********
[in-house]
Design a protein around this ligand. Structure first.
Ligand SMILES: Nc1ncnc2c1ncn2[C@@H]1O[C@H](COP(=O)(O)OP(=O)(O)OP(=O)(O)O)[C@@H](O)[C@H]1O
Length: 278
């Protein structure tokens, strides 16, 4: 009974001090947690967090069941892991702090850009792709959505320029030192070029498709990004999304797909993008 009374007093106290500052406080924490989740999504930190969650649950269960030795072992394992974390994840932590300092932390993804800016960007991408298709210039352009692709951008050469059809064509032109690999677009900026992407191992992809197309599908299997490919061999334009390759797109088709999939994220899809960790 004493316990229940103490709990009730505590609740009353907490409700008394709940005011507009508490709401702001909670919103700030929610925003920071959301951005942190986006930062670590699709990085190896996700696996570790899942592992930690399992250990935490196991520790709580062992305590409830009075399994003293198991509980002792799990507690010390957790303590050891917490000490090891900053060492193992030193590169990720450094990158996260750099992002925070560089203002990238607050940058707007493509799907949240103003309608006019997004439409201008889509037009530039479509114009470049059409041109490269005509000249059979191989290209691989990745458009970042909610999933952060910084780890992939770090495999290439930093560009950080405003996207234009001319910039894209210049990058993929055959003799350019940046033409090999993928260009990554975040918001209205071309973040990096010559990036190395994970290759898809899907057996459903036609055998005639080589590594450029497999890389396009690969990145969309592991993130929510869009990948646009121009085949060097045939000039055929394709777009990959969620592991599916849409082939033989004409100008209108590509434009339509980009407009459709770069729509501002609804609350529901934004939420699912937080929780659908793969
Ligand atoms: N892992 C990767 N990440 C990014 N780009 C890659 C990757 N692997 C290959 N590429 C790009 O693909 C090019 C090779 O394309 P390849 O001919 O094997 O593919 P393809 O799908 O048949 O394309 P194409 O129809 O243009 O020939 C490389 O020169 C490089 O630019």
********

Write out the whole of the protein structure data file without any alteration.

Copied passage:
[in-house]
Design a protein around this ligand. Structure first.
Ligand SMILES: Nc1ncnc2c1ncn2[C@@H]1O[C@H](COP(=O)(O)OP(=O)(O)OP(=O)(O)O)[C@@H](O)[C@H]1O
Length: 278
């Protein structure tokens, strides 16, 4: 009974001090947690967090069941892991702090850009792709959505320029030192070029498709990004999304797909993008 009374007093106290500052406080924490989740999504930190969650649950269960030795072992394992974390994840932590300092932390993804800016960007991408298709210039352009692709951008050469059809064509032109690999677009900026992407191992992809197309599908299997490919061999334009390759797109088709999939994220899809960790 004493316990229940103490709990009730505590609740009353907490409700008394709940005011507009508490709401702001909670919103700030929610925003920071959301951005942190986006930062670590699709990085190896996700696996570790899942592992930690399992250990935490196991520790709580062992305590409830009075399994003293198991509980002792799990507690010390957790303590050891917490000490090891900053060492193992030193590169990720450094990158996260750099992002925070560089203002990238607050940058707007493509799907949240103003309608006019997004439409201008889509037009530039479509114009470049059409041109490269005509000249059979191989290209691989990745458009970042909610999933952060910084780890992939770090495999290439930093560009950080405003996207234009001319910039894209210049990058993929055959003799350019940046033409090999993928260009990554975040918001209205071309973040990096010559990036190395994970290759898809899907057996459903036609055998005639080589590594450029497999890389396009690969990145969309592991993130929510869009990948646009121009085949060097045939000039055929394709777009990959969620592991599916849409082939033989004409100008209108590509434009339509980009407009459709770069729509501002609804609350529901934004939420699912937080929780659908793969
Ligand atoms: N892992 C990767 N990440 C990014 N780009 C890659 C990757 N692997 C290959 N590429 C790009 O693909 C090019 C090779 O394309 P390849 O001919 O094997 O593919 P393809 O799908 O048949 O394309 P194409 O129809 O243009 O020939 C490389 O020169 C490089 O630019």